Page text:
Wisdom about writing: “Do it so it will be understood by a reasonably educated 14-year-old.”

Barney Collier passes along these quotes sent to him by his late friend Edwin Marger, a “country lawyer” in Jasper, Georgia, via Houston Street in Manhattan:

“I have always been convinced that abuse of words has been the great instrument of sophistry and chicanery, of party, faction, and division of society.”
—John Adams (1735-1826); Letter to J.H. Tiffany, 31 March 1819

“…exaggerated turns of speech conceal mediocre affections: as if the fullness of the soul might not sometimes overflow in the emptiest of metaphors, since no one, ever, can give the exact measurements of his needs, nor of his conceptions, nor of his sufferings, and the human word is like a cracked cauldron upon which we beat out melodies fit for making bears dance when we are trying to move the stars to pity.
—Gustave Flaubert (1821-1880); Madame Bovary, 1857

“If names be not correct, language is not in accordance with the truth of things. If language be not in accordance with the truth of things, affairs cannot be carried on to success. When affairs cannot be carried on to success, proprieties and music will not flourish. When proprieties and music do not flourish, punishments will not be properly awarded. When punishments are not properly awarded, the people do not know how to move hand or foot. Therefore, a superior man considers it necessary that the names he uses may be spoken appropriately, and also that what he speaks may be carried out appropriately. What the superior man requires is just that in his words there may be nothing incorrect.
—Confucius (551-479 BC); Analects, Book XIII, Chapter 3

“Write all your briefs so that they can be entirely understood by a reasonably educated 14-year-old. Judges will sincerely thank you for it and your reputation in courtrooms will soar.”
—Edwin Marger (1928-2016 AD); Private email.

“…we should have a great many fewer disputes in the world, if words were taken for what they are, the signs of our ideas only; and not for things themselves.”
—John Locke (1632-1704); An Essay Concerning Human Understanding, 1690, Book III, Chapter X “Of the Abuse of Words”

“As the language of the face is universal, so ’tis very comprehensive; no laconism can reach it; ’tis the short-hand of the mind, and crowds a great deal in a little room”.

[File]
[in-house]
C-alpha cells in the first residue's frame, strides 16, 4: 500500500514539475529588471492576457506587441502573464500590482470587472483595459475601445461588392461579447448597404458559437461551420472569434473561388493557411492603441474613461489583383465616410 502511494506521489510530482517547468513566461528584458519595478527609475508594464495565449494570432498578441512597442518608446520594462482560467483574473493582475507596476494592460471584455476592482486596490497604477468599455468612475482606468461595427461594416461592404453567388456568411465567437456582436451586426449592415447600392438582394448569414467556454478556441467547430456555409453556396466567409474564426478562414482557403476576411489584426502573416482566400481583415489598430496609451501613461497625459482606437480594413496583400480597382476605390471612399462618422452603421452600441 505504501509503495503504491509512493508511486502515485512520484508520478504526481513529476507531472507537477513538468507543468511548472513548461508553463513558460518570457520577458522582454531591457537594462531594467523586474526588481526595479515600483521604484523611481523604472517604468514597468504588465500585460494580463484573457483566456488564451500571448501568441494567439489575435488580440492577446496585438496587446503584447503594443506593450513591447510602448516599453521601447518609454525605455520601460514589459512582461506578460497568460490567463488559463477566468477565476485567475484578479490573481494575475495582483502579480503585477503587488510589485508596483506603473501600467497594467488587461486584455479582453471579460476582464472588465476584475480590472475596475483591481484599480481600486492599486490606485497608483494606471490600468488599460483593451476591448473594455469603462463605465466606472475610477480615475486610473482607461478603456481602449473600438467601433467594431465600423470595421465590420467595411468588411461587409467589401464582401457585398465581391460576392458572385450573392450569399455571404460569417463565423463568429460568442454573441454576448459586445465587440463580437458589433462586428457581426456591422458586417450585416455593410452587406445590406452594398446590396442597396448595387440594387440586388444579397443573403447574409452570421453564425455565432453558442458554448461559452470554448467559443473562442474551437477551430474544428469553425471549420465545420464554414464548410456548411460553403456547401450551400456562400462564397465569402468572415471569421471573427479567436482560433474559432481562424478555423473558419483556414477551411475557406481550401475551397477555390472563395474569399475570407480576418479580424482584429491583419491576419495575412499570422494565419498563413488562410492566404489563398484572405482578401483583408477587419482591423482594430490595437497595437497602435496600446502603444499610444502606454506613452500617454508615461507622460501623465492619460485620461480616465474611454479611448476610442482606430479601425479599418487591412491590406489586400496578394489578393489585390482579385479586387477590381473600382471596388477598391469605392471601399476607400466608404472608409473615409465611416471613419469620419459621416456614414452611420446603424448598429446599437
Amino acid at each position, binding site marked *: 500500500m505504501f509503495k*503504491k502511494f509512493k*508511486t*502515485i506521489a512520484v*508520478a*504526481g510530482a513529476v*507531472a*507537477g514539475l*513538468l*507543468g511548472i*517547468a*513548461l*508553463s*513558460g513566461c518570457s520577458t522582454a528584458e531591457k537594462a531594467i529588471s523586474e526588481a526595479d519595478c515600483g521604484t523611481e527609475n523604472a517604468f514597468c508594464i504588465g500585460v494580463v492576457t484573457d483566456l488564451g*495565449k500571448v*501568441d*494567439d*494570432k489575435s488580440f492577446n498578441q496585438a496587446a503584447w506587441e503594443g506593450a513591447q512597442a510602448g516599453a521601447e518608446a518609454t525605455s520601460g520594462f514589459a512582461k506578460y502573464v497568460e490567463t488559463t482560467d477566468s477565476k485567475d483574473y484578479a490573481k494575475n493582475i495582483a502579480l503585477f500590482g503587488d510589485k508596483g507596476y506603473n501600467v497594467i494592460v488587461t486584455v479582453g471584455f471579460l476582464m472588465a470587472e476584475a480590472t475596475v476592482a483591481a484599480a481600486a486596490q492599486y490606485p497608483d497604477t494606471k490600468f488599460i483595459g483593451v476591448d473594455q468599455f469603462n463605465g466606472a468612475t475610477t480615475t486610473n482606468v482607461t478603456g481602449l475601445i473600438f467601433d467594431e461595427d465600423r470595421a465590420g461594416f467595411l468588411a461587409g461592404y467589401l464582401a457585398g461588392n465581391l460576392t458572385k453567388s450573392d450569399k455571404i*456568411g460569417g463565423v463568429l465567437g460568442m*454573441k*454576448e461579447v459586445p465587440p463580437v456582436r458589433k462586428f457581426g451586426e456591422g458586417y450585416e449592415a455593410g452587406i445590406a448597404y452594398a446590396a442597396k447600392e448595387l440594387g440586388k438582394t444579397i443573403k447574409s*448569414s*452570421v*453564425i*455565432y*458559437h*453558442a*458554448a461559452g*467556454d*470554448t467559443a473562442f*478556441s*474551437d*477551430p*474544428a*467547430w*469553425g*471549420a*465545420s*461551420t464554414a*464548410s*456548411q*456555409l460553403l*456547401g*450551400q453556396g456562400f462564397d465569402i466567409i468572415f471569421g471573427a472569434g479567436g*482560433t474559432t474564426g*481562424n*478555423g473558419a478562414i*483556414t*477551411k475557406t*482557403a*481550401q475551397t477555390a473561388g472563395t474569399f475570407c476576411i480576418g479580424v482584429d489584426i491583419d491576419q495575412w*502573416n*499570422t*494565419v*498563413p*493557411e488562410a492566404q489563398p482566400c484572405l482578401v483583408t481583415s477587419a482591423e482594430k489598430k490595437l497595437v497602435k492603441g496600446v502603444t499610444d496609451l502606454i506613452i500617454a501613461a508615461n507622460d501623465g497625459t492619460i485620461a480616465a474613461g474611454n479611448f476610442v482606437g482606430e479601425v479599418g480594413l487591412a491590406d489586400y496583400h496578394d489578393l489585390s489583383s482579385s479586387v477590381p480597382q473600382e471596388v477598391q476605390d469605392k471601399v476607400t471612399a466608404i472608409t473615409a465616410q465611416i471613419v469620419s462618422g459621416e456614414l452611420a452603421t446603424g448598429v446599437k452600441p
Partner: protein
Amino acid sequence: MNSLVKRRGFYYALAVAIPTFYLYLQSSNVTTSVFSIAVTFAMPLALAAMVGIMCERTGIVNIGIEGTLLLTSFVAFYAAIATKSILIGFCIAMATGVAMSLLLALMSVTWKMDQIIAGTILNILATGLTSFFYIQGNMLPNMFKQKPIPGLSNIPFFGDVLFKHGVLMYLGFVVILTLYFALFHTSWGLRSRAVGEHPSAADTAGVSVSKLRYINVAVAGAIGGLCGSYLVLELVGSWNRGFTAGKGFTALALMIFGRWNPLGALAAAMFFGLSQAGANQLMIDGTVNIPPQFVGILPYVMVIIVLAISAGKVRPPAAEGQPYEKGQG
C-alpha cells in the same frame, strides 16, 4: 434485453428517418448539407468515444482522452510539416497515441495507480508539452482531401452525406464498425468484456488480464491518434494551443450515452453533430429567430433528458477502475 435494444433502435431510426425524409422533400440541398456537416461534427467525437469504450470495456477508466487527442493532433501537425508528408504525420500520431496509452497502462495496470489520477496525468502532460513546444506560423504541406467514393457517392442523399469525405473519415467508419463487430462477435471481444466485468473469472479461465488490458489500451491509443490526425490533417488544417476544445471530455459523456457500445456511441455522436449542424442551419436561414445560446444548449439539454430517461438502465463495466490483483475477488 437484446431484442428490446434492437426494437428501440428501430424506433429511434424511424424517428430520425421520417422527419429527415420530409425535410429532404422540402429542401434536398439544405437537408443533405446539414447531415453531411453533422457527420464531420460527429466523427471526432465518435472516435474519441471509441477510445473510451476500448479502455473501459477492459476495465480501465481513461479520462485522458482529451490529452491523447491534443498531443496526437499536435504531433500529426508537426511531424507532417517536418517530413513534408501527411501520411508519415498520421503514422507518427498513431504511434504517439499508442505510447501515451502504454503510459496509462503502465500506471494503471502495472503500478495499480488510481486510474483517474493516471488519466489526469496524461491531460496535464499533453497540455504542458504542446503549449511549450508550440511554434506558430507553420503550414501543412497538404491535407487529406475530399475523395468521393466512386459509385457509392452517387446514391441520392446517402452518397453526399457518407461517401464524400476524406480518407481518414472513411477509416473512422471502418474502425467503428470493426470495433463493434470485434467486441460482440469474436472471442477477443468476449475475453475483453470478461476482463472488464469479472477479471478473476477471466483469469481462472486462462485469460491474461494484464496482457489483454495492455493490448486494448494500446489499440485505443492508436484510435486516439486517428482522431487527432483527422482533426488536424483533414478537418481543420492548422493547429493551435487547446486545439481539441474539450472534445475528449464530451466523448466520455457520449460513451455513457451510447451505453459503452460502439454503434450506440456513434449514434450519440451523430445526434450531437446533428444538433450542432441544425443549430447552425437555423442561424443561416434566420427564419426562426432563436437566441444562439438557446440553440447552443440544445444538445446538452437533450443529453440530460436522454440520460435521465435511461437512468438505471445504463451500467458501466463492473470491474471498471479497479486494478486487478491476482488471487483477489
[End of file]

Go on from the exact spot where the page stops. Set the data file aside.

—Jeremy Collier (1650-1726) “Physiognomy”

“I am always sorry when any language is lost, because languages are the pedigree of nations.”—Samuel Johnson (1709-1784) 18 September 1773

“Language is the archives of history…. Language is fossil poetry.”
—Ralph Waldo Emerson (1803-1882) “The Poet”

“Correct English is the slang of prigs who write history and essays. And the strongest slang of all is the slang of poets.”
—George Eliot (1819-1880) Middlemarch, 1871-1872

“No man means all he says, and yet very few say all they mean, for words are slippery and thought is viscous.”
—Henry Brooks Adams (1838-1918). The Education of Henry Adams, 1907

“Even if you do learn to speak correct English, who are you going to talk it to?”
—Clarence Seward Darrow (1857-1938). Reprinted from etc.: A Review of General Semantics
Volime 1, Number 1, August 1943

“The contradiction so puzzling to the ordinary way of thinking comes from the fact that we have to use language to communicate our inner experience which in its very nature transcends linguistics.”
—Daisetsu Teitaro Suzuki (1870-1966).  “The Basis of Buddhist Philosophy”

“Language serves not only to express thoughts, but to make possible thoughts which could not exist without it.”
—Bertrand Russell (1872-1970). Basic Writings of Bertrand Russell, 1961

“The limits of my language mean the limits of my world.”
—Ludwig Wittgenstein (1889-1951). Tractatus Logico-Philosophicus, 1921

“…a whole world picture is wedded to the use of the transitive verb and the actor-action scheme that goes with it — that if we spoke a different language we would perceive a different world.”
—Friedrich Waismann (1896—1959). “Analytic-Synthetic V” Analysis, Number 13, 1952

“We dissect nature along lines laid down by our native language…. Language is not simply a reporting device for experience but a defining framework for it.”
—Benjamin Whorf (1897-1941). “Thinking in Primitive Communities”

“Effective writing is a human necessity in anything resembling a democratic culture, and this becomes increasingly true as the culture becomes increasingly complex. If the effective use of language cannot be taught, or if it is not to be taught to a far greater extent than it has been, we may well have occasion to despair of the grand experiment dreamed by Voltaire, championed by Washington and Franklin, and cherished by the American people through many generations. And if we must despair of that, then truly, even if you do learn to speak correct English, it may well not seem to matter very much “who you talk it to.” For when the people cannot adequately speak or write their language, there arise strong men to speak and write it for them — and “at” them.”
—Wendell Johnson (1906-1965). “You Can’t Write Writing”

“I personally think we developed language because of our deep inner need to complain.”
—Jane Wagner (b.1935). “The Search for Signs of Intelligent Life in the Universe”, 1986

“…language is a virus from Outer Space.”
—Laurie Anderson (b.1947). “New York Social Life” 1981

“Grammar is not a vice (though excessive picking at it can be). And nonstandard words/grammar can be used to good effect — but no one can do that without knowing how they’re deviating.”
—Randy Clark. Posted to soc.motss 14 November 1991

“Hear and understand: not what goes into the mouth defiles a man, but what comes out of the mouth, this defiles a man.”
—Bible, Matthew 15:10-11. The New Oxford Annotated Bible with the Apocrypha

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